Belarusian National Bank set to reduce public debt servicing costs
The National Bank has decided to change the size of mandatory deductions to the reserve fund. Due to an increase in people’s expenses in 2016, the Belarusian international reserves grew and all due public and domestic debt payments were made. By reducing interest rates on currency deposits, the NB would save circa USD 25 million to refinance public debt.
As of February 1st, 2017, the National Bank will increase the size of compulsory contributions by banks to the reserves fund from corporate and private foreign assets from 7.5% to 11%, and will reduce the contributions in national currency from 7.5% to 4%. When the new rules take effect, banks’ cost of fundraising in foreign currency will increase, which will reduce interest rates on foreign currency deposits. Simultaneously, banks may leave interest rates on rouble deposits unchanged, so as the discount rate will reduce from 18% to 17% per annum as of January 18th, 2017.
In 2016, the National Bank increased its gold reserves by USD 751 million from USD 4.175 billion to USD 4.927 billion, while paid its due international and domestic debt, which totalled circa USD 3.3 billion in early 2016. Foreign currency inflow was provided by raised utility costs for the population, reduced soft loans and reduced interest rates on all types of deposits. The interest rate on rouble deposits decreased from 23% to 13% per annum and on currency deposits - from 3.7% to 2% per annum. This made households to spend more and earn less to due to lower income from deposits. In January - November 2016, the population sold USD 1.8 billion net, and the National Bank bought a part of this sum from the banks to refinance its debt.
By reducing the interest rate on currency deposits, and retaining the interest rate on rouble deposits, the National Bank aims to solve two tasks. First, amid reduced profitability of currency deposits, some depositors may decide to convert their currency funds to the national currency and place it in the banking system, thereby boosting foreign currency supply on the domestic currency market. Second, by reducing rates on foreign currency deposits by 1 per cent, the National Bank will reduce the annual yield of currency depositors by USD 74.5 million. Due to deficit of reliable borrowers, banks will invest foreign currency deposits of the population in the National Bank bonds. By setting a lower interest rate on its bonds, the National Bank will save money for refinancing its current debt, which relates to the obligations of the state. Throughout 2016, interest rates on the NB bonds dropped from 7% to 5% per annum and due to the NB efforts, may reduce to 4% per annum or lower by late 2017, enabling the NB to save circa USD 25 million.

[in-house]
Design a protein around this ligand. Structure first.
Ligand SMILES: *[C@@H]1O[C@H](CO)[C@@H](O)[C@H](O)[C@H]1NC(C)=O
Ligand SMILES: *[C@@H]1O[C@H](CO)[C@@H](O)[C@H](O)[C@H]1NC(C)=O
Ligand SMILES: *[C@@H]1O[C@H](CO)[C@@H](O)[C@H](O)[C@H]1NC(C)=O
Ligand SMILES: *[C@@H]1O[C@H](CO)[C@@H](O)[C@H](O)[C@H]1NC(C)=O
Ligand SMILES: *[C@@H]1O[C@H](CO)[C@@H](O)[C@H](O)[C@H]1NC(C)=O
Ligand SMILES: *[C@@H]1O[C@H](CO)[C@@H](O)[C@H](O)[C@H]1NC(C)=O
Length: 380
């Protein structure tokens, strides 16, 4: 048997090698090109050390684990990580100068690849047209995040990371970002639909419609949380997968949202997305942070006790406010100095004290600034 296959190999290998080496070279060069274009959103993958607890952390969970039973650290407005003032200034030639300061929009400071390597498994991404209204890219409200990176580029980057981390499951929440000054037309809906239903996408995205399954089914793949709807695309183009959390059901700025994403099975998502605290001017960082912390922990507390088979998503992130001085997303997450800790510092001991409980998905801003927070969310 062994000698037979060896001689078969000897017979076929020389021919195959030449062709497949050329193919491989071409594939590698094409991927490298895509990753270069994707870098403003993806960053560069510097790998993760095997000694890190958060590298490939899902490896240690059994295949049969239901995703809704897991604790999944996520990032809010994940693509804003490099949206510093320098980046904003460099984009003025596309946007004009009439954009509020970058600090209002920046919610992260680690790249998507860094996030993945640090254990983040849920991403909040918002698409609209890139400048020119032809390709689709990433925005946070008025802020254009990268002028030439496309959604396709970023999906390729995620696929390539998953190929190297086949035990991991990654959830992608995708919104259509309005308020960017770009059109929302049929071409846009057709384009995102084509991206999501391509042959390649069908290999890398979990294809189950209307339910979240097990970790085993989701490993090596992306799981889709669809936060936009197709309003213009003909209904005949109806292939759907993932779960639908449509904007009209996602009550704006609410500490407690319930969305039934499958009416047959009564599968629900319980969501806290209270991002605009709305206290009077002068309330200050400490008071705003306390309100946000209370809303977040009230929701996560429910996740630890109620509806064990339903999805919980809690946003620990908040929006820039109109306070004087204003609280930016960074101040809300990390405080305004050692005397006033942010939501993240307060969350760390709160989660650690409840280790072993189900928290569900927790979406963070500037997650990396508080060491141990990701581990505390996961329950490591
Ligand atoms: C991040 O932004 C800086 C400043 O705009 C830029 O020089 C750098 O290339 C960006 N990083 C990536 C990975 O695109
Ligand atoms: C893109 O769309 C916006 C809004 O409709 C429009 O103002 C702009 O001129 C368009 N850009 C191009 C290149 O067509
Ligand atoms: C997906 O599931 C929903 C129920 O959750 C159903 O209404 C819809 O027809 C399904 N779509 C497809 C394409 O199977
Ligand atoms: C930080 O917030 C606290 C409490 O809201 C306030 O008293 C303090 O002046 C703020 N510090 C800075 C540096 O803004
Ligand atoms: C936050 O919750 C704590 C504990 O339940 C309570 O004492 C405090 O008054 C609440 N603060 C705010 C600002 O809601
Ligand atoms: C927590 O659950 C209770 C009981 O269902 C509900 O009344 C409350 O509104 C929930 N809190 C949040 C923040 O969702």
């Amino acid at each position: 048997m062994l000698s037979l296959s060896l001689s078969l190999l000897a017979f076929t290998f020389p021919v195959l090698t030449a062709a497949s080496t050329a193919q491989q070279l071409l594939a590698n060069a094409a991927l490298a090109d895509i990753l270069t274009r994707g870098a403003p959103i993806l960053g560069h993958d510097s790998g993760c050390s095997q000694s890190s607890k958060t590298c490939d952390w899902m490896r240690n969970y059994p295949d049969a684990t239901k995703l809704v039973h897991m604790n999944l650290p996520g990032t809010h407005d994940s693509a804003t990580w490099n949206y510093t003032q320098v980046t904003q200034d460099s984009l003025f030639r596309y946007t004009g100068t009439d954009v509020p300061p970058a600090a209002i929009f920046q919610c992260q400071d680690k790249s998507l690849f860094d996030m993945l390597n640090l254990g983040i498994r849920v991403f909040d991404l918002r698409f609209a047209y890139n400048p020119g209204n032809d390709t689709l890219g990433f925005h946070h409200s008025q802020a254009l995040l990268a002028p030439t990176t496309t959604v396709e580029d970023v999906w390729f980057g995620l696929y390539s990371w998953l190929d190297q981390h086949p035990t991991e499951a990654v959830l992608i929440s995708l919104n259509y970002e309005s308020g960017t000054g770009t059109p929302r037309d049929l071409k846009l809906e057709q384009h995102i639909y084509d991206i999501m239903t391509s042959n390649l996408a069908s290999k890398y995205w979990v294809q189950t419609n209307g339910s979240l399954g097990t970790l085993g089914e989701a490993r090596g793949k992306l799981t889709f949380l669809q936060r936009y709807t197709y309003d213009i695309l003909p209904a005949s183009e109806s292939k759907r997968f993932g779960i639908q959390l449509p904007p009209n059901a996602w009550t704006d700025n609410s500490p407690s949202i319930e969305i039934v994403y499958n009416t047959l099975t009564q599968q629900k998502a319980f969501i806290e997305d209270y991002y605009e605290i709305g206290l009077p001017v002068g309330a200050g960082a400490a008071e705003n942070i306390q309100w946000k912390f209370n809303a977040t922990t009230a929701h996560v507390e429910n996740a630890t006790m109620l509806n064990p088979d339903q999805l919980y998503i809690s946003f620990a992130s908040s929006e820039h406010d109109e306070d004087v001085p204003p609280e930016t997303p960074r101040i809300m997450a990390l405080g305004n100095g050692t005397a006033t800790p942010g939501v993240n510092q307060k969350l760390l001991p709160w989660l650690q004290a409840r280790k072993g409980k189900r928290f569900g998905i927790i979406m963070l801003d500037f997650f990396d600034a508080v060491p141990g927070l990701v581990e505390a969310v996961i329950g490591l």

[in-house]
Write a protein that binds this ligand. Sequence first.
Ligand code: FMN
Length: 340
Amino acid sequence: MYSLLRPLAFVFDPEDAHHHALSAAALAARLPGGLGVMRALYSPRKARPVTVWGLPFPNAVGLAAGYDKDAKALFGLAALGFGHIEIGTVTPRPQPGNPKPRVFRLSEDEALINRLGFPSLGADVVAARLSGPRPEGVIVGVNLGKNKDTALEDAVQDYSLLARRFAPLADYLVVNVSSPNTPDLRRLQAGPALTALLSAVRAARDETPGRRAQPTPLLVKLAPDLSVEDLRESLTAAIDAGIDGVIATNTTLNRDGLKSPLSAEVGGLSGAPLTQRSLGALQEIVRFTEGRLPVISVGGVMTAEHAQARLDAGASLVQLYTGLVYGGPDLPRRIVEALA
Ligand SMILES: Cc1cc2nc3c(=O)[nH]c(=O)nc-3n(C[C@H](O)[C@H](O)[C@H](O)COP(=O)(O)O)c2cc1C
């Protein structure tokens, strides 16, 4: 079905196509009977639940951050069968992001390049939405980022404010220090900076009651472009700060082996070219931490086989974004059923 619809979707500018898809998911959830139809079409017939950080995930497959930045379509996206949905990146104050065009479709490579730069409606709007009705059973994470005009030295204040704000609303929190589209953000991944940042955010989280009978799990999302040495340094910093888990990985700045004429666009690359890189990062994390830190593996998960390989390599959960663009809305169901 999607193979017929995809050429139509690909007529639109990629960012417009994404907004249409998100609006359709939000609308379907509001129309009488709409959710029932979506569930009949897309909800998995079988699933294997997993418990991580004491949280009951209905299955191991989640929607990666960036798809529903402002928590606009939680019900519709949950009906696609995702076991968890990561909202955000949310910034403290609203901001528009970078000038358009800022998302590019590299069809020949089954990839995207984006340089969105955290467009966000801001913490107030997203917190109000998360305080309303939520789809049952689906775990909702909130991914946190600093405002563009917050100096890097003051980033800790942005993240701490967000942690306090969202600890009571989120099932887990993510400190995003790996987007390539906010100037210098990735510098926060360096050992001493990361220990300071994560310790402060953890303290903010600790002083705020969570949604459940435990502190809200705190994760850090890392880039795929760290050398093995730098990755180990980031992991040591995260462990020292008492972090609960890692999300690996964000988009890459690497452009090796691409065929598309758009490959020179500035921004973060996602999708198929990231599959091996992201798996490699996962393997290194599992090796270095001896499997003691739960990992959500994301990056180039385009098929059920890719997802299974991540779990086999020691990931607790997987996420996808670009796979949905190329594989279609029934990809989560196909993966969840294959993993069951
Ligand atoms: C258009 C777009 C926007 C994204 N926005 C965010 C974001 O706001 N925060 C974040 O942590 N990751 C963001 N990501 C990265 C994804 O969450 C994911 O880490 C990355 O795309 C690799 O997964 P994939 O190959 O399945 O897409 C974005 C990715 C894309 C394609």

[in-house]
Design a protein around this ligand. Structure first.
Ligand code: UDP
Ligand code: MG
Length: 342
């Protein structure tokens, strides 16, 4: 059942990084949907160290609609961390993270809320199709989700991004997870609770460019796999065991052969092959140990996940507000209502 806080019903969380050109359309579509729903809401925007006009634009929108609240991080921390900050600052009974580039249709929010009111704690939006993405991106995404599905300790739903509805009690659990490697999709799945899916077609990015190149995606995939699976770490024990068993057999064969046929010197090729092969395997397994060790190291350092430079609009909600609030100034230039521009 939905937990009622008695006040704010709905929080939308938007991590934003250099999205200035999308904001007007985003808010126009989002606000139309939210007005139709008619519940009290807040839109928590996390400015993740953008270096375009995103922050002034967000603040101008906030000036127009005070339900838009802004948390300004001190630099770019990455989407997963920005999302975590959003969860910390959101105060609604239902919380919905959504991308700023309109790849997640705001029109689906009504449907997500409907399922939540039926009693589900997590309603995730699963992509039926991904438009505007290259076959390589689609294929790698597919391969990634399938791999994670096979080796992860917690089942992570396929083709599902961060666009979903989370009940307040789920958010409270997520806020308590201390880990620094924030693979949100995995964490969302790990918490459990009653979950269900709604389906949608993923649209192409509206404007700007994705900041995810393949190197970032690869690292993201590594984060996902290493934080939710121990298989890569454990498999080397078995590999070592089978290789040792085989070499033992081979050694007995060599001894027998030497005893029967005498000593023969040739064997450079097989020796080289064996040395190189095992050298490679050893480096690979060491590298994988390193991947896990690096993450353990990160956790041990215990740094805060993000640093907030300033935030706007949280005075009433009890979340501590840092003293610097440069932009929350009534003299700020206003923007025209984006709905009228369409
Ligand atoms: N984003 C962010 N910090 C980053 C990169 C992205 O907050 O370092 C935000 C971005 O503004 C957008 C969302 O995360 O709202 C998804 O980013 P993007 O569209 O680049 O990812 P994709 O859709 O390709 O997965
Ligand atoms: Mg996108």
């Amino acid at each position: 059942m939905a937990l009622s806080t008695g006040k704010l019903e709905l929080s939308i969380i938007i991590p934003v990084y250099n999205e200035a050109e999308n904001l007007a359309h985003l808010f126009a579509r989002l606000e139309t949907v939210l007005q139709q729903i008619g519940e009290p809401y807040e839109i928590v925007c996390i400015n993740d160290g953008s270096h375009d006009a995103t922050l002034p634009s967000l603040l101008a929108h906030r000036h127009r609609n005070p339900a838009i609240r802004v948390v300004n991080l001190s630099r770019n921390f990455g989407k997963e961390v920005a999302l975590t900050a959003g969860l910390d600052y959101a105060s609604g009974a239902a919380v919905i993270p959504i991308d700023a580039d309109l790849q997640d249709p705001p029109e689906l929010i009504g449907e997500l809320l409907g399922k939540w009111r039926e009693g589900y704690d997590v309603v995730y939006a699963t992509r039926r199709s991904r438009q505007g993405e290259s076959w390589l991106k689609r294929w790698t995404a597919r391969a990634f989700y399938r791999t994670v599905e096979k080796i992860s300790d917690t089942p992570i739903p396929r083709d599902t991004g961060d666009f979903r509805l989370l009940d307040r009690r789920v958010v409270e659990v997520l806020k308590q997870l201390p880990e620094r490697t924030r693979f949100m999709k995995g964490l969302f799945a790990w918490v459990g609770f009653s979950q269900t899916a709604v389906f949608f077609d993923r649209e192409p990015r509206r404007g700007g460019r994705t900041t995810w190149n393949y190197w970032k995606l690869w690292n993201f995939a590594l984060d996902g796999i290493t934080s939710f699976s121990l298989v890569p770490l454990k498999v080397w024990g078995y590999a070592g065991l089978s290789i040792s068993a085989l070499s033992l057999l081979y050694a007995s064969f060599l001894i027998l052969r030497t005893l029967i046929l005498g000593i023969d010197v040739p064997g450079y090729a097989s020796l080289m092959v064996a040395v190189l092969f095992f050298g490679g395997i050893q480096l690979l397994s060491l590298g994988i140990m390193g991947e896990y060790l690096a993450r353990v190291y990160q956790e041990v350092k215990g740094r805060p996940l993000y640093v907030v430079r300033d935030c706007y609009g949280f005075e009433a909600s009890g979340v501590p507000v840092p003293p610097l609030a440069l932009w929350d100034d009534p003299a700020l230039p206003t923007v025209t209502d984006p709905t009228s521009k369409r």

Overall, by reducing deposit interest rates, the National Bank reduced profitability of deposits and increased its international reserves in 2016. Due to the need to increase the international reserves by USD 0.5 billion in 2017 and to reduce public debt servicing costs, the National Bank is likely to pursue its current policy aiming to reduce currency deposit profitability and interest rates on government bonds may reduce to 4% per annum.
The Belarusian authorities have launched a discussion on the moratorium or abolition of the death penalty under the pressure of Belarusian human rights activists and international community. Apparently, the authorities are interested in monitoring public sentiments and response to the possible abolition of the capital punishment. The introduction of a moratorium on the death penalty would depend on the dynamics in Belarusian-European relations, efforts of the civil society organisations and Western capitals.
In Grodno last week, the possibility of abolishing the death penalty in Belarus or introducing a moratorium was discussed.
The Belarusian authorities are likely to continue to support the death penalty in Belarus. During his rule, President Lukashenka pardoned only one person, and courts sentenced to death more than 400 people since the early 1990s. Over the past year, Belarusian courts sentenced to death several persons and one person was executed.
There are no recent independent polls about people’s attitude about the death penalty in Belarus. Apparently, this issue is not a priority for the population. In many ways, public opinion about the abolition of the death penalty would depend on the tone of the state-owned media reports.
That said, the Belarusian Orthodox Church and the Roman-Catholic Church stand for the abolition of the capital punishment, however their efforts in this regard only limit to public statements about their stance. Simultaneously, the authorities could have influenced public opinion about the death penalty through a focused media campaign in the state media. As they did, for example, with the nuclear power plant construction in Astravets. Initially unpopular project of the NPP construction was broadly promoted in the state media, and eventually, according to independent pollsters, was accepted by most population.